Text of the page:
“Isn’t this the restaurant in Rick Stein’s book?” asked one of our team. Diners at two other tables, having overheard the remark, turned towards us and held up copies of the famed tome. We hid our faces, not wanting to accidentally become part of a Rick Stein pilgrimage.
In the evening, we moved our boat a couple of kilometres along the canal to a wide recreational park at the suburb of Bóc and, at the mooring toll booth, met the first of the canal maidens. The Canal Lateral á la Garonne is maintained by a number of beautiful young French women, who appear better suited to the catwalk than the tow path.
“There is a mooring fee of two Euro, monsieur,” she said. “Would you like some prunes? Agen is the prune capital of the world.”
This seemed like a good deal: we paid €2 for the mooring and walked away with 10 Euro worth of prunes.
When every other restaurant in town is full, don’t eat at the one that is empty.
The following day, at Écluse 29 we met another of the canal maidens; an elegant young woman wearing jeans, a checked shirt and gardening gloves. As water tumbled into the lock and our boat slowly rose to the next level of the canal, she asked if we had had any problems on our voyage. “The canal, he is licking somewhere” – of course, she meant ‘leaking’. Then she admired our canal boat, a 42-foot Classique Royale… “big, but very comfortable.” In the summer, she explained, she had hired the same model with friends and spent a couple of weeks on the canal.
“Rick Stein thinks they’re Noddy Boats,” I said. “’oo ees zis Rick Stein?” she asked. “Why are ze boats naughty?”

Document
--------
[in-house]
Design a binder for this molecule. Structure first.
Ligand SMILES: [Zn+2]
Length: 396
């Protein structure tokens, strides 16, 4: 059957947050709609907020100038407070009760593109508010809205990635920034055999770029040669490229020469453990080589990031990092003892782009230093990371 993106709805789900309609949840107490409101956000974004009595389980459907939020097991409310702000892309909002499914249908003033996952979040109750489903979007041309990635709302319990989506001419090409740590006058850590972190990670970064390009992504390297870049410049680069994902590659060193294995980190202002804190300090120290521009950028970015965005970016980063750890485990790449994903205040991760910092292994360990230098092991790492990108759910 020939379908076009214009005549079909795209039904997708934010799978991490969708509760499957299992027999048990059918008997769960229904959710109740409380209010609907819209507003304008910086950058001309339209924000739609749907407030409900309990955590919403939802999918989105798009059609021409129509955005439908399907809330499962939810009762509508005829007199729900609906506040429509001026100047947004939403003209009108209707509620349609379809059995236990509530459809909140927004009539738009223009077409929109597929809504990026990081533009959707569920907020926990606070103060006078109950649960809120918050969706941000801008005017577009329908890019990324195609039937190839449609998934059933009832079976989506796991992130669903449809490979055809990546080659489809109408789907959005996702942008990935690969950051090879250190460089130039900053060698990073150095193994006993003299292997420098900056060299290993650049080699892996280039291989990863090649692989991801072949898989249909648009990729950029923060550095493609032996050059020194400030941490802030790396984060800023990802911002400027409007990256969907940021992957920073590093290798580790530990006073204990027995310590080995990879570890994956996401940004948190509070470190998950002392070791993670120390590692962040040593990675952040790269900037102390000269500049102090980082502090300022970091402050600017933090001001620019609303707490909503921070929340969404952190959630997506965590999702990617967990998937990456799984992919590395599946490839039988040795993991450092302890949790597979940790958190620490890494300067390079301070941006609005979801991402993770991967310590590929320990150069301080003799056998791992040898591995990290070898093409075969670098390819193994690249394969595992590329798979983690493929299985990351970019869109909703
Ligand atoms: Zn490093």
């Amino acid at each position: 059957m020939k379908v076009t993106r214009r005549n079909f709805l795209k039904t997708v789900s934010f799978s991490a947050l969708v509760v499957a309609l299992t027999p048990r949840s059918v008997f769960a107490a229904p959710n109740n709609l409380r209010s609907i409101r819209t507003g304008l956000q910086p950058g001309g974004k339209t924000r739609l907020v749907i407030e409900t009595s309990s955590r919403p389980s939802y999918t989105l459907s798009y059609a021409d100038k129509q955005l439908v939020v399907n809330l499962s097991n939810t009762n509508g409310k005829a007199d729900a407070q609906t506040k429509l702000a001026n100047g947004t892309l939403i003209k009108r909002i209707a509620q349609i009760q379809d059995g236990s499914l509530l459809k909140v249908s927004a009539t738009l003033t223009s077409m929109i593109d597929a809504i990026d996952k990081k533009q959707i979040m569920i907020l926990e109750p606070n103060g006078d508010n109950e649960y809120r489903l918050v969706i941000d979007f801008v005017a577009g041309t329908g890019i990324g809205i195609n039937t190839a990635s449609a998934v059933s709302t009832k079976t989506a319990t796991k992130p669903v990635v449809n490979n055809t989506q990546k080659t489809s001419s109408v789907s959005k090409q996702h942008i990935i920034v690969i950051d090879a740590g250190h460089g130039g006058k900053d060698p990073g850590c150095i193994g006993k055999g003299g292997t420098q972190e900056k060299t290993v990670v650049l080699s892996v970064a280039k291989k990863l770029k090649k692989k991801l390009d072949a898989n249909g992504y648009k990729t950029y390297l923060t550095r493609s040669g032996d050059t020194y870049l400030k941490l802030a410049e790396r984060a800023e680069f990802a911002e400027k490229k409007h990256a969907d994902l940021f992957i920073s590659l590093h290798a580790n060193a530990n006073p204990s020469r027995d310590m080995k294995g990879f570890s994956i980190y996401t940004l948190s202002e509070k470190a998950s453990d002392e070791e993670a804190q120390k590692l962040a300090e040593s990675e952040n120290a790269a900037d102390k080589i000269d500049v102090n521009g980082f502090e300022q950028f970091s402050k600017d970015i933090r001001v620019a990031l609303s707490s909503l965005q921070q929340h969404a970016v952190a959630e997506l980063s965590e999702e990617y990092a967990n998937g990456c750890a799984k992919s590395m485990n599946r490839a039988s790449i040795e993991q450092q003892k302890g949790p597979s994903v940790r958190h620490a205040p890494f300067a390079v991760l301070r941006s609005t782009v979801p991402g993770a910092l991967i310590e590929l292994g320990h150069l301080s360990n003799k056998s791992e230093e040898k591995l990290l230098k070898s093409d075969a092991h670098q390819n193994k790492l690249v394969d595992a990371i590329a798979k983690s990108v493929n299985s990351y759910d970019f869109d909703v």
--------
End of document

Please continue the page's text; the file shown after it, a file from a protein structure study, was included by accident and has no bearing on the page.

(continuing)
“Not naughty boats… Noddy Boats. You know, like Noddy and Big Ears.”
Her blank expression told me that we had fallen into a cross-cultural pit from which we would never emerge.
Our boat slid quietly out of the lock and we motored between fields of tomatoes, corn, and fig trees. Almost hidden in a thickly forested slough on the starboard bank was a dilapidated farmhouse, the spine of its roof broken. The doors and windows were empty maws and the brick and limestone walls had collapsed inwards. However, a gleaming television disc remained on the roof; a testament to enduring civilisation.
At the town of Moissac, the character of the canal changed. The rustic fields that had surrounded the banks were replaced by tall brick walls and the waterway narrowed as it syphoned into a tranquil basin partly filled with moored barges and river boats. All streets in Moissac meander upwards towards the astounding church, once an abbey, Église St-Pierre. It made its debut in the 11th century, but received some deconstructive surgery a hundred years later, during the Albigensian Crusades against the Cathars. However, the new rose on top of the old and during the 15th century the church was reinvented. Red brick of the southern French Gothic style rose on top of the Romanesque stone of the 11th century church. At night, the lights pick out the eerie shapes of immortal saints carved around the doorways.